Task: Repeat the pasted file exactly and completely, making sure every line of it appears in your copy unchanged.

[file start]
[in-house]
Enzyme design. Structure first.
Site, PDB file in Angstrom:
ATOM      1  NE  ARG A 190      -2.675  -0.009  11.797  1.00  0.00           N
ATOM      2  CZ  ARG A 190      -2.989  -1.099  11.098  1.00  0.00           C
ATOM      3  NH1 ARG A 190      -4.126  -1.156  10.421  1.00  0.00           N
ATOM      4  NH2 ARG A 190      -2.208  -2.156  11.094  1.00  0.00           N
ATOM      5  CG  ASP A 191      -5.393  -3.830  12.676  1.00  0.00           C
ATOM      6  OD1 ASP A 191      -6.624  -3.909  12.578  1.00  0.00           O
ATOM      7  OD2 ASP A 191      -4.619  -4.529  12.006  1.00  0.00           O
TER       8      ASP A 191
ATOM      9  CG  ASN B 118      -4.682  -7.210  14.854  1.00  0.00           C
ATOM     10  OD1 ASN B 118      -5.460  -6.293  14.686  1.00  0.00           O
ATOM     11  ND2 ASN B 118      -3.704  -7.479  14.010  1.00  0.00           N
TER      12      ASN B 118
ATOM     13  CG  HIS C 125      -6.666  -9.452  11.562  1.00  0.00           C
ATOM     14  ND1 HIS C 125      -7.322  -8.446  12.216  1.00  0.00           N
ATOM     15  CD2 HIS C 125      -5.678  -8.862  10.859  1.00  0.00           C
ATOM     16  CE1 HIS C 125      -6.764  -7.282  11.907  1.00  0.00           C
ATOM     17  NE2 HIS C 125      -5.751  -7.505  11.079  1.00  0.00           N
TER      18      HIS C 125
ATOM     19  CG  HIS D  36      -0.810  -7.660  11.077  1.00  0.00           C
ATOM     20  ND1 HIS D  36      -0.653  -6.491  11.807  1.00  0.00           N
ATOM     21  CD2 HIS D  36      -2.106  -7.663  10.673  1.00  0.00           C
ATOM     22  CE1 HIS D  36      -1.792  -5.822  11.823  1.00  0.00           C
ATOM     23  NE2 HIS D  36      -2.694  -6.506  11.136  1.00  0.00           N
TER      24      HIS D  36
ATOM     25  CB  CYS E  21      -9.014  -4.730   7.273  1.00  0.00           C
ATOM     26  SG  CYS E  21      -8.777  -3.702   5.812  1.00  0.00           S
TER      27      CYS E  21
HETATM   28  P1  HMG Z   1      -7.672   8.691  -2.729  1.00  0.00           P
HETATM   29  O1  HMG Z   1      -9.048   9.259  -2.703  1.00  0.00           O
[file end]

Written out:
[in-house]
Enzyme design. Structure first.
Site, PDB file in Angstrom:
ATOM      1  NE  ARG A 190      -2.675  -0.009  11.797  1.00  0.00           N
ATOM      2  CZ  ARG A 190      -2.989  -1.099  11.098  1.00  0.00           C
ATOM      3  NH1 ARG A 190      -4.126  -1.156  10.421  1.00  0.00           N
ATOM      4  NH2 ARG A 190      -2.208  -2.156  11.094  1.00  0.00           N
ATOM      5  CG  ASP A 191      -5.393  -3.830  12.676  1.00  0.00           C
ATOM      6  OD1 ASP A 191      -6.624  -3.909  12.578  1.00  0.00           O
ATOM      7  OD2 ASP A 191      -4.619  -4.529  12.006  1.00  0.00           O
TER       8      ASP A 191
ATOM      9  CG  ASN B 118      -4.682  -7.210  14.854  1.00  0.00           C
ATOM     10  OD1 ASN B 118      -5.460  -6.293  14.686  1.00  0.00           O
ATOM     11  ND2 ASN B 118      -3.704  -7.479  14.010  1.00  0.00           N
TER      12      ASN B 118
ATOM     13  CG  HIS C 125      -6.666  -9.452  11.562  1.00  0.00           C
ATOM     14  ND1 HIS C 125      -7.322  -8.446  12.216  1.00  0.00           N
ATOM     15  CD2 HIS C 125      -5.678  -8.862  10.859  1.00  0.00           C
ATOM     16  CE1 HIS C 125      -6.764  -7.282  11.907  1.00  0.00           C
ATOM     17  NE2 HIS C 125      -5.751  -7.505  11.079  1.00  0.00           N
TER      18      HIS C 125
ATOM     19  CG  HIS D  36      -0.810  -7.660  11.077  1.00  0.00           C
ATOM     20  ND1 HIS D  36      -0.653  -6.491  11.807  1.00  0.00           N
ATOM     21  CD2 HIS D  36      -2.106  -7.663  10.673  1.00  0.00           C
ATOM     22  CE1 HIS D  36      -1.792  -5.822  11.823  1.00  0.00           C
ATOM     23  NE2 HIS D  36      -2.694  -6.506  11.136  1.00  0.00           N
TER      24      HIS D  36
ATOM     25  CB  CYS E  21      -9.014  -4.730   7.273  1.00  0.00           C
ATOM     26  SG  CYS E  21      -8.777  -3.702   5.812  1.00  0.00           S
TER      27      CYS E  21
HETATM   28  P1  HMG Z   1      -7.672   8.691  -2.729  1.00  0.00           P
HETATM   29  O1  HMG Z   1      -9.048   9.259  -2.703  1.00  0.00           O